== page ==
How does playing the drums help children with autism and other issues?
Dena: It helps integrate left and right brain, thereby helping with things like retention, focus, concentration, motor skill development and self-esteem.
Can you tell me what you took away from that experience? How did you feel?
Dena: There are no words to describe how it feels when a kid’s face lights up because they were finally able to do a specific task that previously eluded them. These kids were severely impaired – some couldn’t hold a stick in one hand because of physical limitations, but they were able to eventually follow directions, execute the sticking or pattern that was asked of them, and they loved it. They beamed, and it was a joy to witness.
This last fall, my digital media professor handed me a magazine, and it was with your face on it, Kristen.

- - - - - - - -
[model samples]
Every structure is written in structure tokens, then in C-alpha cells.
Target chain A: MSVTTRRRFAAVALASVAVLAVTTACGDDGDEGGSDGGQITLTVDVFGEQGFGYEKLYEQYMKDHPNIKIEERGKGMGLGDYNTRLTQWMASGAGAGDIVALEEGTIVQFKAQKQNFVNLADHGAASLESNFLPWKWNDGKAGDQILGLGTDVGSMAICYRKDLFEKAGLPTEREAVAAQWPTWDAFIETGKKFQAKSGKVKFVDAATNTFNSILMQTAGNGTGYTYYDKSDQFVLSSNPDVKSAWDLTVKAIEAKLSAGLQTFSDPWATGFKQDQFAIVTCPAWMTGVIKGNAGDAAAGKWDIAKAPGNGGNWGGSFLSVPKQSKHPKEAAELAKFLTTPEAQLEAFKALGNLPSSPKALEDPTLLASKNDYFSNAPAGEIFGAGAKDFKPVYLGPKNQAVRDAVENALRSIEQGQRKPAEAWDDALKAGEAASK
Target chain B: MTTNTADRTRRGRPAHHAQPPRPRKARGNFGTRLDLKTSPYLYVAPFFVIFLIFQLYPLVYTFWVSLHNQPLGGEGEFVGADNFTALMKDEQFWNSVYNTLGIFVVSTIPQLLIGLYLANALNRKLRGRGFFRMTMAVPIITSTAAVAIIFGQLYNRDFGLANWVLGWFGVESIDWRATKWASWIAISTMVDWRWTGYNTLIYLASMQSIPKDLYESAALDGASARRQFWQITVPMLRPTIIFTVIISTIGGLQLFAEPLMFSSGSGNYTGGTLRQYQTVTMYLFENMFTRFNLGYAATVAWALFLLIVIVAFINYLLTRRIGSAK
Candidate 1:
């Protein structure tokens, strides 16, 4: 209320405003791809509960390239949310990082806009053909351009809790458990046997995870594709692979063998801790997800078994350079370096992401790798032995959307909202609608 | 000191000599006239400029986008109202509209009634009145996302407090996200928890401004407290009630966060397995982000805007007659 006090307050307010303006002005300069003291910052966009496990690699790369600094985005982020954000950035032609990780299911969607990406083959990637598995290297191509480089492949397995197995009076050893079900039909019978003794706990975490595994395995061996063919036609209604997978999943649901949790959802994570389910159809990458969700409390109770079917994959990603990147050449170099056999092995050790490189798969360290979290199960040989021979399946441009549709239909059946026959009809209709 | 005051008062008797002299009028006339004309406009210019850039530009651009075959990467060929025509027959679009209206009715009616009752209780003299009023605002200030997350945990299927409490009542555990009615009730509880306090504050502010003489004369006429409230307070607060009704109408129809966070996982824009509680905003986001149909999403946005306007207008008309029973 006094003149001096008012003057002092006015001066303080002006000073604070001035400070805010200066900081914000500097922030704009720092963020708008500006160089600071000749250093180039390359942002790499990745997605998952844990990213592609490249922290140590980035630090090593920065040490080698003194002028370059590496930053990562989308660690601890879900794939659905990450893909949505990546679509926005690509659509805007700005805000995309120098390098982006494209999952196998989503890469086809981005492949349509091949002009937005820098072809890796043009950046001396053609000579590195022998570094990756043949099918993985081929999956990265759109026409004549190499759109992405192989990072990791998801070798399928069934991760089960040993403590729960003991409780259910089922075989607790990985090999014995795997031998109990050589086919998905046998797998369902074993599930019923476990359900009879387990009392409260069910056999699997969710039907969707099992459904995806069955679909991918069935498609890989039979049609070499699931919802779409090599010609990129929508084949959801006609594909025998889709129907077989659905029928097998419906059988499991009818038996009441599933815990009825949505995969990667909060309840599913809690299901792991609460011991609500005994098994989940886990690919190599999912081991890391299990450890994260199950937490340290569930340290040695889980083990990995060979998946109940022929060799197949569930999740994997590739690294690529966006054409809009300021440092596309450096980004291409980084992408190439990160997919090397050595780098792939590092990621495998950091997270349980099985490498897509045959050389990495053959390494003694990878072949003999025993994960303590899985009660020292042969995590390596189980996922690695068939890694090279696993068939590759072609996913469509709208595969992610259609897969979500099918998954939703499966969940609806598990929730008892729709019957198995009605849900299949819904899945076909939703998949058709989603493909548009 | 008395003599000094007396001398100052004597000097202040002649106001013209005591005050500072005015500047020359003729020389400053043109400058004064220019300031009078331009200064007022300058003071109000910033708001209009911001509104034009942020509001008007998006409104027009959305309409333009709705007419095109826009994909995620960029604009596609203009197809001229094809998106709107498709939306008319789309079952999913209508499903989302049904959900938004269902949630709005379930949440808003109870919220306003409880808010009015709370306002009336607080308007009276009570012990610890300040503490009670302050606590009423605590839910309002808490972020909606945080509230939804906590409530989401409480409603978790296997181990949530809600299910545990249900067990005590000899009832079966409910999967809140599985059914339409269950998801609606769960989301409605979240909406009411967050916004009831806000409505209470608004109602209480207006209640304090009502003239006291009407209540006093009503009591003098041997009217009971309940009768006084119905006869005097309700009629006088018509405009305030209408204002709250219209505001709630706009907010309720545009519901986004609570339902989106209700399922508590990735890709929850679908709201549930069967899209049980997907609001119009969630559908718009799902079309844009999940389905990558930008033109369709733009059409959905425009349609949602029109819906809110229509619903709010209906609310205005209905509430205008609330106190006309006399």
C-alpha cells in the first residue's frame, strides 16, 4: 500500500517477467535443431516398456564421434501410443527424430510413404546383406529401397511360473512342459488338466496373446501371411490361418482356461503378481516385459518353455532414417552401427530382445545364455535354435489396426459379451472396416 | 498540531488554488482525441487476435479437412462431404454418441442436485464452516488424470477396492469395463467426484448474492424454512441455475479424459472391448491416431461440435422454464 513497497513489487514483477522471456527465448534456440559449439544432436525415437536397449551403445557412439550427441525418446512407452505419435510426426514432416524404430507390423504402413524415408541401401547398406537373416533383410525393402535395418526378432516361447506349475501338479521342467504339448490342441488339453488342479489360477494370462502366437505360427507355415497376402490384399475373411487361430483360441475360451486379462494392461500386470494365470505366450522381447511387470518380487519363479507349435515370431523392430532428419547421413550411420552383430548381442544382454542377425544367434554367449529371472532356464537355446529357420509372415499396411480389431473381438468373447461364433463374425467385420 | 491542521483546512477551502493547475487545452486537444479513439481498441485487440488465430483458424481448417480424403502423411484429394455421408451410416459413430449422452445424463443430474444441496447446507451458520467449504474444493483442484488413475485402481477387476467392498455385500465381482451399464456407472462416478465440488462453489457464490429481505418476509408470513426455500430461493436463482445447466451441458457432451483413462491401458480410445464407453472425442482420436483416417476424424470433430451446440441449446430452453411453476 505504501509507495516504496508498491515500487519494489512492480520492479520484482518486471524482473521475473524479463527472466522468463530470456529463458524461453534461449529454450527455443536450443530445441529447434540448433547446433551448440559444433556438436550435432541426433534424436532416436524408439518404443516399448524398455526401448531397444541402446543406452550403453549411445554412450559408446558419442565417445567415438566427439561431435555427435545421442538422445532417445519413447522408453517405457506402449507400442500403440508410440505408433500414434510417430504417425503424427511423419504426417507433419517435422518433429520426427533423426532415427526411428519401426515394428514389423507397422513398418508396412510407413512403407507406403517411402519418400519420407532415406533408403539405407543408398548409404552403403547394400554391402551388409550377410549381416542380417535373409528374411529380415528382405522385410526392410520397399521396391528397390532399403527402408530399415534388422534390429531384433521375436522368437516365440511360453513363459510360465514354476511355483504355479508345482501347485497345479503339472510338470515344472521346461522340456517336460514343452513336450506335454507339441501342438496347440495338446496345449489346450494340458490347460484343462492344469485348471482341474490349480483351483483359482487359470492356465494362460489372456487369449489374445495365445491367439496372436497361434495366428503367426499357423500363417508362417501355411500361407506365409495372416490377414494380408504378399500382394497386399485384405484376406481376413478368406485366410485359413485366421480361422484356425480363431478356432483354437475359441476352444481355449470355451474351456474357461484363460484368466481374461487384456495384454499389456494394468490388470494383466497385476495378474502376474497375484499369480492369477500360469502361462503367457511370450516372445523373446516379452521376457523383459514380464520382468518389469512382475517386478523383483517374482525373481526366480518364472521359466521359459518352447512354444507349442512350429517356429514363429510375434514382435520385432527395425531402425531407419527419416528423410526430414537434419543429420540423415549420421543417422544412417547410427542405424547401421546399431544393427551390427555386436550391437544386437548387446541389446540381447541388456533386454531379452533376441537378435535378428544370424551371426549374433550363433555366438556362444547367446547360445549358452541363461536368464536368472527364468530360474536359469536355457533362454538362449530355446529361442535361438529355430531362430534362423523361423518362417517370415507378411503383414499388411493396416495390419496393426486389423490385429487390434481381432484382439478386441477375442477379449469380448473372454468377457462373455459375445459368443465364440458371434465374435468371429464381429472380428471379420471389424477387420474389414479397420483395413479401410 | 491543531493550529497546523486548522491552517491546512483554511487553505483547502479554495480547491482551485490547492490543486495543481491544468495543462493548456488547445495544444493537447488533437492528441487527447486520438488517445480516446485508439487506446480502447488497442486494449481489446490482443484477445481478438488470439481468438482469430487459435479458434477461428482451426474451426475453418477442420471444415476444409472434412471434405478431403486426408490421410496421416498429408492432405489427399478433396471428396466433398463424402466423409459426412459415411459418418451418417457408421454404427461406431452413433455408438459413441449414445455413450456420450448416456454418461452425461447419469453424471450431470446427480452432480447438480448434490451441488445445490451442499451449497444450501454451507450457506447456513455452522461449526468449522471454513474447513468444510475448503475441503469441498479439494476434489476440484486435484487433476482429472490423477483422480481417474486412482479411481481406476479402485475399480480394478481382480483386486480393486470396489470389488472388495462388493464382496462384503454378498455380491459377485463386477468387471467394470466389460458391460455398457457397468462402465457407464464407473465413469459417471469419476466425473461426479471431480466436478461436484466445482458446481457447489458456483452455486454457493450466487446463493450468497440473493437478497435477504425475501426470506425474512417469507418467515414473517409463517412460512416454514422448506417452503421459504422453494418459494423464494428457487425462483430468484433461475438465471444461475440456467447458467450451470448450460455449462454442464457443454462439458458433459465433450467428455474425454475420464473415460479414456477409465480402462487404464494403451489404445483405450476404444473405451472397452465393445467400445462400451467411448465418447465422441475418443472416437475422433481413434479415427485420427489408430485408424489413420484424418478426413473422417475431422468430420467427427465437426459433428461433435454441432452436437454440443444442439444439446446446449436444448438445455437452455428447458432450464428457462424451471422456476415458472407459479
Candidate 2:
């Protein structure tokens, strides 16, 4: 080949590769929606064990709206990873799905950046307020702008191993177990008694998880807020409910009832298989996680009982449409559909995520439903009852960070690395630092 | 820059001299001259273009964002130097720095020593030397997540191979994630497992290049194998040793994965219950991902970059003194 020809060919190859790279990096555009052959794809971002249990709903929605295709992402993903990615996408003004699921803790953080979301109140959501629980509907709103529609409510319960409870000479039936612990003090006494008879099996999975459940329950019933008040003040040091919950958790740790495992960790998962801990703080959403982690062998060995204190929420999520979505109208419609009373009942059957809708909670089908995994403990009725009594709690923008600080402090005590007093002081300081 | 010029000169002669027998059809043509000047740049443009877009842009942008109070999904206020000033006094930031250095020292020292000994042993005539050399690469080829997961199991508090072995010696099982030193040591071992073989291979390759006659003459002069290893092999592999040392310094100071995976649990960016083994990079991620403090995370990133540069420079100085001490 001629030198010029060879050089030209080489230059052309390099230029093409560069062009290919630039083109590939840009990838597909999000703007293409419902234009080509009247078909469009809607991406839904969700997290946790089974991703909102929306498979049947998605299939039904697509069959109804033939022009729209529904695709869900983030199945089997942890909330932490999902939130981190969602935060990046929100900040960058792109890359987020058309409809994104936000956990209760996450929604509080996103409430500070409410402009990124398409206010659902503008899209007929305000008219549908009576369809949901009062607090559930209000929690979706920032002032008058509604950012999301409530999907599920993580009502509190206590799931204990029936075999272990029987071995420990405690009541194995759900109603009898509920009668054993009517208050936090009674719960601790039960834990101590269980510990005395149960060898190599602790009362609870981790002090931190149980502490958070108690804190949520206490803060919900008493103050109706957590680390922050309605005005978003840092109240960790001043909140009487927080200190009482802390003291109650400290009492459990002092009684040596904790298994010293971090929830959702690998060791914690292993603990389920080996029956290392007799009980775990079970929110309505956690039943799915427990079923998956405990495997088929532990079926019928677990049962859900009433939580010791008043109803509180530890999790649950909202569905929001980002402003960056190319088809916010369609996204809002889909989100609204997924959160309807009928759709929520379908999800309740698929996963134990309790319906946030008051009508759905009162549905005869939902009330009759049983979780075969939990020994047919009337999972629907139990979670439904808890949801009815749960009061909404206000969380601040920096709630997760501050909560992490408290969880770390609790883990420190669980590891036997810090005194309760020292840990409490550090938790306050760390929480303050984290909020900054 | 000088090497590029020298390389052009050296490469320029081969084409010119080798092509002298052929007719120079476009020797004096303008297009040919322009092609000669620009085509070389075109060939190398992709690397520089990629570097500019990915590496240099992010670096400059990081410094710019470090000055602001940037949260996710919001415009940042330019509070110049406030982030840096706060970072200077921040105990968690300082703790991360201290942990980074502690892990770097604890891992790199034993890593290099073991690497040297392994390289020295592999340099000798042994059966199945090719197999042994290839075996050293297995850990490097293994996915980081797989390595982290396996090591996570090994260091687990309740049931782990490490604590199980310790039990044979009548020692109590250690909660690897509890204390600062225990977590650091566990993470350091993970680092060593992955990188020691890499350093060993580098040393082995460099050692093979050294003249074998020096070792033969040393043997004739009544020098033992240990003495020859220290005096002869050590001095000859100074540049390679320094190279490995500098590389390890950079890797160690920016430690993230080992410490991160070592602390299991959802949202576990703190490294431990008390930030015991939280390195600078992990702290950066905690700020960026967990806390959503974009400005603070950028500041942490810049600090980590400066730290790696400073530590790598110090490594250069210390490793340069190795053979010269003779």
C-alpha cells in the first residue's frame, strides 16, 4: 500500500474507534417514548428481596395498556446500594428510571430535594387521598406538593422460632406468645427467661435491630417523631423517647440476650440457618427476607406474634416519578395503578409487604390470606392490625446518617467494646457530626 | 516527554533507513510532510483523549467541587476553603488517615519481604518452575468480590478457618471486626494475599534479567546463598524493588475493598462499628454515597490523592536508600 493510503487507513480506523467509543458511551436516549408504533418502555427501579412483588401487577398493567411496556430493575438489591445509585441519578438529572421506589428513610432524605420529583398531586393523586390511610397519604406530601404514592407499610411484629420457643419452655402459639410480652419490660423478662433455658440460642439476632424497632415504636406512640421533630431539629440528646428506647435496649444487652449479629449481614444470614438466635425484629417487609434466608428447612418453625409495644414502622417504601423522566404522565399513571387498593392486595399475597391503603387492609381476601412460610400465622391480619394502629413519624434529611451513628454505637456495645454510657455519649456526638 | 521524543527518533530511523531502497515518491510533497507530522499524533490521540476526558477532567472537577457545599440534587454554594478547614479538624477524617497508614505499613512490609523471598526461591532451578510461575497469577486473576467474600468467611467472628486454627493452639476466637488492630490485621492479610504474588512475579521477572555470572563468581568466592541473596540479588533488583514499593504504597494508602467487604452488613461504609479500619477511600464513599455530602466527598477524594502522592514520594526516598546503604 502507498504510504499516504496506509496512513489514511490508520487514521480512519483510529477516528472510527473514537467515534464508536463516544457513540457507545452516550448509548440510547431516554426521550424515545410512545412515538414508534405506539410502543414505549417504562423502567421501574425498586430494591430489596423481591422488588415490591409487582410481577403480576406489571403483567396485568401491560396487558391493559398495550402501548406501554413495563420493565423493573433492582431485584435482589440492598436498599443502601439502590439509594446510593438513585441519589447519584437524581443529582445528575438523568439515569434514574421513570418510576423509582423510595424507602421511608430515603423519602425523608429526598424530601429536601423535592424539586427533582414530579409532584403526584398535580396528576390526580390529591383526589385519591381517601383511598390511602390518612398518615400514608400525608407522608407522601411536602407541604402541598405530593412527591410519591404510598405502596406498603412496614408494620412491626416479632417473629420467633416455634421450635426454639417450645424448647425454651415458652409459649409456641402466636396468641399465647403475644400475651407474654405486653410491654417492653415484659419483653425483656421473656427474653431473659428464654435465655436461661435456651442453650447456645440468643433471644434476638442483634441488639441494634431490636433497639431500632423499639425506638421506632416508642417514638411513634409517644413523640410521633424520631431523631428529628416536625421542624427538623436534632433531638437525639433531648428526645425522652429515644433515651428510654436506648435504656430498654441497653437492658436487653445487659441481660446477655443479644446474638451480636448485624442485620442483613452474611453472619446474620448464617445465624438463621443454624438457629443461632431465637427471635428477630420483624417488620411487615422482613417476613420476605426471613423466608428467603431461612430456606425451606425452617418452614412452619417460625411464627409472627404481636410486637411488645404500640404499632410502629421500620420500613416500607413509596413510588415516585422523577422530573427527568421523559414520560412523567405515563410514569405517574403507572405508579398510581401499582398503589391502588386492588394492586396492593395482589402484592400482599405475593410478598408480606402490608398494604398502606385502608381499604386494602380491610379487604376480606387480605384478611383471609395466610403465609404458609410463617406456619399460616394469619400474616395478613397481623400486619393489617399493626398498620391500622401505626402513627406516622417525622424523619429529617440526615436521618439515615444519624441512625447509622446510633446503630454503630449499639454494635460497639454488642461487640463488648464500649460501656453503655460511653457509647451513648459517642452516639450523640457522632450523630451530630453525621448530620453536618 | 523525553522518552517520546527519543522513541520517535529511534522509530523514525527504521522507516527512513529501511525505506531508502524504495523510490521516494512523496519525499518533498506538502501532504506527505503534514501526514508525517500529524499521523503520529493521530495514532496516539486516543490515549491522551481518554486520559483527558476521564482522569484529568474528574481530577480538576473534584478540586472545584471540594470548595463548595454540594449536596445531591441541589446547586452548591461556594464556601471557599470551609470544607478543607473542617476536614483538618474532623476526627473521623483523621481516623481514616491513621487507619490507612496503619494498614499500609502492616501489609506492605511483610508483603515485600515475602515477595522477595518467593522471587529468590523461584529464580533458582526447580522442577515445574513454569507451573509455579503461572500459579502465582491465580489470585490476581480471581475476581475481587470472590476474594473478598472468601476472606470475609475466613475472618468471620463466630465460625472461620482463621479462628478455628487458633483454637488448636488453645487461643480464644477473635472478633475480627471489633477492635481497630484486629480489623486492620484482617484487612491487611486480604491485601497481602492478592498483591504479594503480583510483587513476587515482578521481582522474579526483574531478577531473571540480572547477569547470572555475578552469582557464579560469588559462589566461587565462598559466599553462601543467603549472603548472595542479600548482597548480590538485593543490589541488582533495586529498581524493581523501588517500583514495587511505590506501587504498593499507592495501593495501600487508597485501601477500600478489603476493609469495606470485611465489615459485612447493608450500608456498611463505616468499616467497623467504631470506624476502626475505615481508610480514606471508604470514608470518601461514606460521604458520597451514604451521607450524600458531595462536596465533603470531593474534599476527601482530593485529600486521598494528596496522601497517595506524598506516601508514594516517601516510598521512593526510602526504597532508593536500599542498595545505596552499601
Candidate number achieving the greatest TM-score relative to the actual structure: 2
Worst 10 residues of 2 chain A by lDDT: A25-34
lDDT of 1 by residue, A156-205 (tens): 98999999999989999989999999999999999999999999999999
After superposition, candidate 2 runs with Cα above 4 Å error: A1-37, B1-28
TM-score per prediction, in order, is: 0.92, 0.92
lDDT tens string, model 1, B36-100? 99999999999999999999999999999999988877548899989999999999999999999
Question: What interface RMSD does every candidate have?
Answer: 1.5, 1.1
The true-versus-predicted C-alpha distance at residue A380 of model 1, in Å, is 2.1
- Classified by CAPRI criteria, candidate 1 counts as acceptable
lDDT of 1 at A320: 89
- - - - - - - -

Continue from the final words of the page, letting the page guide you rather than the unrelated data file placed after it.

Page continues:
She said, “You might want this – want to read this.”
She’s totally an ally for us.
Kristen: That’s cool!
Little did I know that I’d get to talk to you.
Kristen: (laughs) That’s crazy!
Yeah! I thought, “This is really awesome!” I’m going to ask you a little bit about you being on the cover of Time magazine, if you don’t mind.
Almost sixteen years ago, to the day of your cover release, Ellen DeGeneres graced the cover of Time magazine telling the world that she was gay. That affected the whole community quite a bit. How do you think your Time cover was taken by the public?